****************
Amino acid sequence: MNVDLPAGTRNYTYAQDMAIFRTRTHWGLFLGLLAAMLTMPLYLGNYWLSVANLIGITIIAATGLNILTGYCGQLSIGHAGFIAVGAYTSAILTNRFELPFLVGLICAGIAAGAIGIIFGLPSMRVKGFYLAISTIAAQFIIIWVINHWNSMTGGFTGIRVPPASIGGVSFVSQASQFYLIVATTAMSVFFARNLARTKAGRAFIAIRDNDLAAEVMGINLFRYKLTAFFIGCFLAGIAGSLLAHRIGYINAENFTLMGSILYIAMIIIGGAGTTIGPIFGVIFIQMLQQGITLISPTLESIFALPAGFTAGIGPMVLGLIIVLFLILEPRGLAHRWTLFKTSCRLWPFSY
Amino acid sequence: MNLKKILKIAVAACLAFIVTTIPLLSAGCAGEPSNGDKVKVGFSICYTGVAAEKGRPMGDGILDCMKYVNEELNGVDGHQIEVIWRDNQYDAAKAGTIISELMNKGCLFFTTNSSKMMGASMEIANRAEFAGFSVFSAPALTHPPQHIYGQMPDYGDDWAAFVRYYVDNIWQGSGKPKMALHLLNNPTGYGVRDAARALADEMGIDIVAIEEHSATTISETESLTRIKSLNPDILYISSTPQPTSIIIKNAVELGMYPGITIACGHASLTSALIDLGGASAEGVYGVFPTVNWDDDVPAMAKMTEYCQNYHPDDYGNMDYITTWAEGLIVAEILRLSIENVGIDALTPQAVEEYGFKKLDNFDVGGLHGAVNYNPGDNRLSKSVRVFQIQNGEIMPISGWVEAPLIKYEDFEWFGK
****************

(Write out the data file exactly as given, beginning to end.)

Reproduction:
Amino acid sequence: MNVDLPAGTRNYTYAQDMAIFRTRTHWGLFLGLLAAMLTMPLYLGNYWLSVANLIGITIIAATGLNILTGYCGQLSIGHAGFIAVGAYTSAILTNRFELPFLVGLICAGIAAGAIGIIFGLPSMRVKGFYLAISTIAAQFIIIWVINHWNSMTGGFTGIRVPPASIGGVSFVSQASQFYLIVATTAMSVFFARNLARTKAGRAFIAIRDNDLAAEVMGINLFRYKLTAFFIGCFLAGIAGSLLAHRIGYINAENFTLMGSILYIAMIIIGGAGTTIGPIFGVIFIQMLQQGITLISPTLESIFALPAGFTAGIGPMVLGLIIVLFLILEPRGLAHRWTLFKTSCRLWPFSY
Amino acid sequence: MNLKKILKIAVAACLAFIVTTIPLLSAGCAGEPSNGDKVKVGFSICYTGVAAEKGRPMGDGILDCMKYVNEELNGVDGHQIEVIWRDNQYDAAKAGTIISELMNKGCLFFTTNSSKMMGASMEIANRAEFAGFSVFSAPALTHPPQHIYGQMPDYGDDWAAFVRYYVDNIWQGSGKPKMALHLLNNPTGYGVRDAARALADEMGIDIVAIEEHSATTISETESLTRIKSLNPDILYISSTPQPTSIIIKNAVELGMYPGITIACGHASLTSALIDLGGASAEGVYGVFPTVNWDDDVPAMAKMTEYCQNYHPDDYGNMDYITTWAEGLIVAEILRLSIENVGIDALTPQAVEEYGFKKLDNFDVGGLHGAVNYNPGDNRLSKSVRVFQIQNGEIMPISGWVEAPLIKYEDFEWFGK